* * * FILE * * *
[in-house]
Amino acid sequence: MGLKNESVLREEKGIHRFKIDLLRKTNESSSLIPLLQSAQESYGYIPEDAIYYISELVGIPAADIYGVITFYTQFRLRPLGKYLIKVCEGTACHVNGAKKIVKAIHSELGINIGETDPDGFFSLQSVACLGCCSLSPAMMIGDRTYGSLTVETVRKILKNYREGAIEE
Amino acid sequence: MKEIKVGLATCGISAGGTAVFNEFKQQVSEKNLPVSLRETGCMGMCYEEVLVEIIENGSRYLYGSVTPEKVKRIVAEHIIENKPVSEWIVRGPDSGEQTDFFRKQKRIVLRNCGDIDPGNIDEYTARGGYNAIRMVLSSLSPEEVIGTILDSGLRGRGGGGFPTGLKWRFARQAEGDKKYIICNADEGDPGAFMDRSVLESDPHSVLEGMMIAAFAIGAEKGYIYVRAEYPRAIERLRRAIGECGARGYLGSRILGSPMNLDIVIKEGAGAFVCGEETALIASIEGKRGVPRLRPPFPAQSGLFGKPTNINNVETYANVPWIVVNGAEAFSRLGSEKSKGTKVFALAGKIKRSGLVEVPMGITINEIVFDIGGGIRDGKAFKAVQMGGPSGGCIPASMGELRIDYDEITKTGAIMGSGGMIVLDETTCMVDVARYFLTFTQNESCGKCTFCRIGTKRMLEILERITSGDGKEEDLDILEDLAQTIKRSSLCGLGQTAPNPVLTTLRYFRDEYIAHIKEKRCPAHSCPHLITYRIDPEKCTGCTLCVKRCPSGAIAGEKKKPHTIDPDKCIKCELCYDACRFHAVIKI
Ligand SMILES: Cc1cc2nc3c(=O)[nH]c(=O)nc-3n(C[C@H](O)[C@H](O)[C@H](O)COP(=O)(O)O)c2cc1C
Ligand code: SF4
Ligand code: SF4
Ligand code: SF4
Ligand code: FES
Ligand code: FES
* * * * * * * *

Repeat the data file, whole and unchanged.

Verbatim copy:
[in-house]
Amino acid sequence: MGLKNESVLREEKGIHRFKIDLLRKTNESSSLIPLLQSAQESYGYIPEDAIYYISELVGIPAADIYGVITFYTQFRLRPLGKYLIKVCEGTACHVNGAKKIVKAIHSELGINIGETDPDGFFSLQSVACLGCCSLSPAMMIGDRTYGSLTVETVRKILKNYREGAIEE
Amino acid sequence: MKEIKVGLATCGISAGGTAVFNEFKQQVSEKNLPVSLRETGCMGMCYEEVLVEIIENGSRYLYGSVTPEKVKRIVAEHIIENKPVSEWIVRGPDSGEQTDFFRKQKRIVLRNCGDIDPGNIDEYTARGGYNAIRMVLSSLSPEEVIGTILDSGLRGRGGGGFPTGLKWRFARQAEGDKKYIICNADEGDPGAFMDRSVLESDPHSVLEGMMIAAFAIGAEKGYIYVRAEYPRAIERLRRAIGECGARGYLGSRILGSPMNLDIVIKEGAGAFVCGEETALIASIEGKRGVPRLRPPFPAQSGLFGKPTNINNVETYANVPWIVVNGAEAFSRLGSEKSKGTKVFALAGKIKRSGLVEVPMGITINEIVFDIGGGIRDGKAFKAVQMGGPSGGCIPASMGELRIDYDEITKTGAIMGSGGMIVLDETTCMVDVARYFLTFTQNESCGKCTFCRIGTKRMLEILERITSGDGKEEDLDILEDLAQTIKRSSLCGLGQTAPNPVLTTLRYFRDEYIAHIKEKRCPAHSCPHLITYRIDPEKCTGCTLCVKRCPSGAIAGEKKKPHTIDPDKCIKCELCYDACRFHAVIKI
Ligand SMILES: Cc1cc2nc3c(=O)[nH]c(=O)nc-3n(C[C@H](O)[C@H](O)[C@H](O)COP(=O)(O)O)c2cc1C
Ligand code: SF4
Ligand code: SF4
Ligand code: SF4
Ligand code: FES
Ligand code: FES